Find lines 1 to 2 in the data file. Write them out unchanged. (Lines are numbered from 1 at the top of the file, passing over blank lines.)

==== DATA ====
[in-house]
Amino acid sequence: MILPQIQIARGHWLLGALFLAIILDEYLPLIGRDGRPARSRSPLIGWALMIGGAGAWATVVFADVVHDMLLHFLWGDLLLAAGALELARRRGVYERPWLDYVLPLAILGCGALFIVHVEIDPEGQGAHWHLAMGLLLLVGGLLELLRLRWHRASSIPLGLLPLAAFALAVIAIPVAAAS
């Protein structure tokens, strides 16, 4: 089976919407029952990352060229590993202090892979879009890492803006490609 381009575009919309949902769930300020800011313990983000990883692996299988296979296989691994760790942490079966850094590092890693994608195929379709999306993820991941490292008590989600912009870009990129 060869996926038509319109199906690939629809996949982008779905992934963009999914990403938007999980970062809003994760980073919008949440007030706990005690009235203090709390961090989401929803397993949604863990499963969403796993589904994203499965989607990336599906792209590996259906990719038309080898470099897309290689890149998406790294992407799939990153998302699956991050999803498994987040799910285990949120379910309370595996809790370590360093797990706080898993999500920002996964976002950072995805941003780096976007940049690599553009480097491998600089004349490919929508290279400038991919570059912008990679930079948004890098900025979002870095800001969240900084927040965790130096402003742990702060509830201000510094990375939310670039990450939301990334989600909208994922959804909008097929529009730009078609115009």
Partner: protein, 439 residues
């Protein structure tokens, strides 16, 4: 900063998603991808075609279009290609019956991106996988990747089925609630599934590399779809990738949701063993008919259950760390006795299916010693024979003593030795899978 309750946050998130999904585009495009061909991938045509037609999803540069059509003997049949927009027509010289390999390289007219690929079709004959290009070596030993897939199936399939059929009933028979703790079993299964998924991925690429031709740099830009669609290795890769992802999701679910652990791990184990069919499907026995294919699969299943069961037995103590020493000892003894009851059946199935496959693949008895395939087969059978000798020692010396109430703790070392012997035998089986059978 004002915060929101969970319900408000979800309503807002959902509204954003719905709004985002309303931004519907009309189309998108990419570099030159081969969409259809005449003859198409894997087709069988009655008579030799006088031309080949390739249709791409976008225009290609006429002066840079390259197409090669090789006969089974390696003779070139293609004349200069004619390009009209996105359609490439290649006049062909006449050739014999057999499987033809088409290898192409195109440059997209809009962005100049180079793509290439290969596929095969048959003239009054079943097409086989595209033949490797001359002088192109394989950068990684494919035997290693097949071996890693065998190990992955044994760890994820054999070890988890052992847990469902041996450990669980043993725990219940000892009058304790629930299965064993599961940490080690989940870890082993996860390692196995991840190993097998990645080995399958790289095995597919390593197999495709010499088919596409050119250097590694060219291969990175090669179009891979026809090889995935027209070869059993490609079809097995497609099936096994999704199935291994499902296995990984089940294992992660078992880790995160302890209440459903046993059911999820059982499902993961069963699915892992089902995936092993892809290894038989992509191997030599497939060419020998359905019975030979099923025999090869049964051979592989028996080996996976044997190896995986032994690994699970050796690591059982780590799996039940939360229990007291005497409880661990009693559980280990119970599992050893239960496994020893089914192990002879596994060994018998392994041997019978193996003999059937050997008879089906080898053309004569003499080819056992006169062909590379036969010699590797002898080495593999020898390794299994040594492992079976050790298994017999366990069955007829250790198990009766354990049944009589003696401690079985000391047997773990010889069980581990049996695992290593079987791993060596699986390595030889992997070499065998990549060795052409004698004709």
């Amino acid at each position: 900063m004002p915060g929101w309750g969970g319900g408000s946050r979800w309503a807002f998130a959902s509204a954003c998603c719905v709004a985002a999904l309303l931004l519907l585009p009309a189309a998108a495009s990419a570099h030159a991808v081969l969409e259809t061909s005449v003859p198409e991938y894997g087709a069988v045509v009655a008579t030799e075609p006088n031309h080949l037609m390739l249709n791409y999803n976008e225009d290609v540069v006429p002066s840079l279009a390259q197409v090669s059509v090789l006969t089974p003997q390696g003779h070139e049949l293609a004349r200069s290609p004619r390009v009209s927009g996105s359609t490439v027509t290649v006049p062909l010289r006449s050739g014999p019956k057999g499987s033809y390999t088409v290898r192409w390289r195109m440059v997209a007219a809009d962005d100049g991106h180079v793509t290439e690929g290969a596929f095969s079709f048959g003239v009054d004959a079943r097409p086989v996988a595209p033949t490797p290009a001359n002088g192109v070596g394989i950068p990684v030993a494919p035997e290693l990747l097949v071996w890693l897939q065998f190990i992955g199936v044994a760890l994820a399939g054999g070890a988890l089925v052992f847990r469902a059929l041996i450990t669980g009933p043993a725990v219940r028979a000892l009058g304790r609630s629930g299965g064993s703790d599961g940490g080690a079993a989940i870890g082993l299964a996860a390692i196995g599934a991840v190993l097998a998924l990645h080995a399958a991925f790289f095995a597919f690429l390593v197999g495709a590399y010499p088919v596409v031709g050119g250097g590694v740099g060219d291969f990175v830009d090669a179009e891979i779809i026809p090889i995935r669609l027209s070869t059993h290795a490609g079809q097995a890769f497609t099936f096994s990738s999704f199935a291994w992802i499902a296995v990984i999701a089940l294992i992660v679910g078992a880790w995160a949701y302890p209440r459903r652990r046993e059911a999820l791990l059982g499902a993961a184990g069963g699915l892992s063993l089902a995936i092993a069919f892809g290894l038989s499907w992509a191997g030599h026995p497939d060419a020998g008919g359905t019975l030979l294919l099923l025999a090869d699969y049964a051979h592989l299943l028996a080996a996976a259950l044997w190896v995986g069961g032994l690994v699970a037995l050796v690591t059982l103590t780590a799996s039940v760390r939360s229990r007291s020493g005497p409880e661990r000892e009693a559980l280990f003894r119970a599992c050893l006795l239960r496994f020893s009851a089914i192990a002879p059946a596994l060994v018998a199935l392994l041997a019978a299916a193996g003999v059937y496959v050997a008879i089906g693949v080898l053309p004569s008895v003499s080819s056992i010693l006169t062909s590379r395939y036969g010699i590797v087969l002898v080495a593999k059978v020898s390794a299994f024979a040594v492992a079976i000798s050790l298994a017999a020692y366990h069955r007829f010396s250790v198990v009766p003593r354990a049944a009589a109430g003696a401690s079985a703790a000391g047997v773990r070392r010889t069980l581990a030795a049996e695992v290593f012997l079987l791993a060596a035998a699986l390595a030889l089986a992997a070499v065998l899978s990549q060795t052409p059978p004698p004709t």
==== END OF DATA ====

[in-house]
Amino acid sequence: MILPQIQIARGHWLLGALFLAIILDEYLPLIGRDGRPARSRSPLIGWALMIGGAGAWATVVFADVVHDMLLHFLWGDLLLAAGALELARRRGVYERPWLDYVLPLAILGCGALFIVHVEIDPEGQGAHWHLAMGLLLLVGGLLELLRLRWHRASSIPLGLLPLAAFALAVIAIPVAAAS